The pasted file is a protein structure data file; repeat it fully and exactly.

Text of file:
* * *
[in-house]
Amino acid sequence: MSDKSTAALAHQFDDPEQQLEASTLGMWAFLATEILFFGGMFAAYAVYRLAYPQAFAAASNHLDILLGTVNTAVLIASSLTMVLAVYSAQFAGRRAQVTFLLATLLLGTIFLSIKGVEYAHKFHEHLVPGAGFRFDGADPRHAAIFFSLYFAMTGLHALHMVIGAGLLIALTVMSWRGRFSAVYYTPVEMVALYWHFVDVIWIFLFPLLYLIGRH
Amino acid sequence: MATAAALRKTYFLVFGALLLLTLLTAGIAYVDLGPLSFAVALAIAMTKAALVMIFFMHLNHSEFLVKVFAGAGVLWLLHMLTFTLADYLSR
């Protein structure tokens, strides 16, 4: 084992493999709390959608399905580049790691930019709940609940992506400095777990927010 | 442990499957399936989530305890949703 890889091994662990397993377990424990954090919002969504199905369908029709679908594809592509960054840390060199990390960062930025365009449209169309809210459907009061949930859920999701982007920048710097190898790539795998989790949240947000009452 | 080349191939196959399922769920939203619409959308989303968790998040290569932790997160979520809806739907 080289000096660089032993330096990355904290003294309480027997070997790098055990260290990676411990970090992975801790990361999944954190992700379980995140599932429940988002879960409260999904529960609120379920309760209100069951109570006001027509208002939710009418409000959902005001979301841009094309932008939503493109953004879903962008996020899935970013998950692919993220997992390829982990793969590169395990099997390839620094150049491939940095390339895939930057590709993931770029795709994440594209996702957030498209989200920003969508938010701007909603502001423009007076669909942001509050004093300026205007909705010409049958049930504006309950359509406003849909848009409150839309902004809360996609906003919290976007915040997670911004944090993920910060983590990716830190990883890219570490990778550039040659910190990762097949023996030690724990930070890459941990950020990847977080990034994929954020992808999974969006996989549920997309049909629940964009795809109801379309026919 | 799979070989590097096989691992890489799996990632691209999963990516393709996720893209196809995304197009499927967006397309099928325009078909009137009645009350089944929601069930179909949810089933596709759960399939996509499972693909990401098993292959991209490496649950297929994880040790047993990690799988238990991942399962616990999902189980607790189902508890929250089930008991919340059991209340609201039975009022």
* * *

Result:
[in-house]
Amino acid sequence: MSDKSTAALAHQFDDPEQQLEASTLGMWAFLATEILFFGGMFAAYAVYRLAYPQAFAAASNHLDILLGTVNTAVLIASSLTMVLAVYSAQFAGRRAQVTFLLATLLLGTIFLSIKGVEYAHKFHEHLVPGAGFRFDGADPRHAAIFFSLYFAMTGLHALHMVIGAGLLIALTVMSWRGRFSAVYYTPVEMVALYWHFVDVIWIFLFPLLYLIGRH
Amino acid sequence: MATAAALRKTYFLVFGALLLLTLLTAGIAYVDLGPLSFAVALAIAMTKAALVMIFFMHLNHSEFLVKVFAGAGVLWLLHMLTFTLADYLSR
């Protein structure tokens, strides 16, 4: 084992493999709390959608399905580049790691930019709940609940992506400095777990927010 | 442990499957399936989530305890949703 890889091994662990397993377990424990954090919002969504199905369908029709679908594809592509960054840390060199990390960062930025365009449209169309809210459907009061949930859920999701982007920048710097190898790539795998989790949240947000009452 | 080349191939196959399922769920939203619409959308989303968790998040290569932790997160979520809806739907 080289000096660089032993330096990355904290003294309480027997070997790098055990260290990676411990970090992975801790990361999944954190992700379980995140599932429940988002879960409260999904529960609120379920309760209100069951109570006001027509208002939710009418409000959902005001979301841009094309932008939503493109953004879903962008996020899935970013998950692919993220997992390829982990793969590169395990099997390839620094150049491939940095390339895939930057590709993931770029795709994440594209996702957030498209989200920003969508938010701007909603502001423009007076669909942001509050004093300026205007909705010409049958049930504006309950359509406003849909848009409150839309902004809360996609906003919290976007915040997670911004944090993920910060983590990716830190990883890219570490990778550039040659910190990762097949023996030690724990930070890459941990950020990847977080990034994929954020992808999974969006996989549920997309049909629940964009795809109801379309026919 | 799979070989590097096989691992890489799996990632691209999963990516393709996720893209196809995304197009499927967006397309099928325009078909009137009645009350089944929601069930179909949810089933596709759960399939996509499972693909990401098993292959991209490496649950297929994880040790047993990690799988238990991942399962616990999902189980607790189902508890929250089930008991919340059991209340609201039975009022």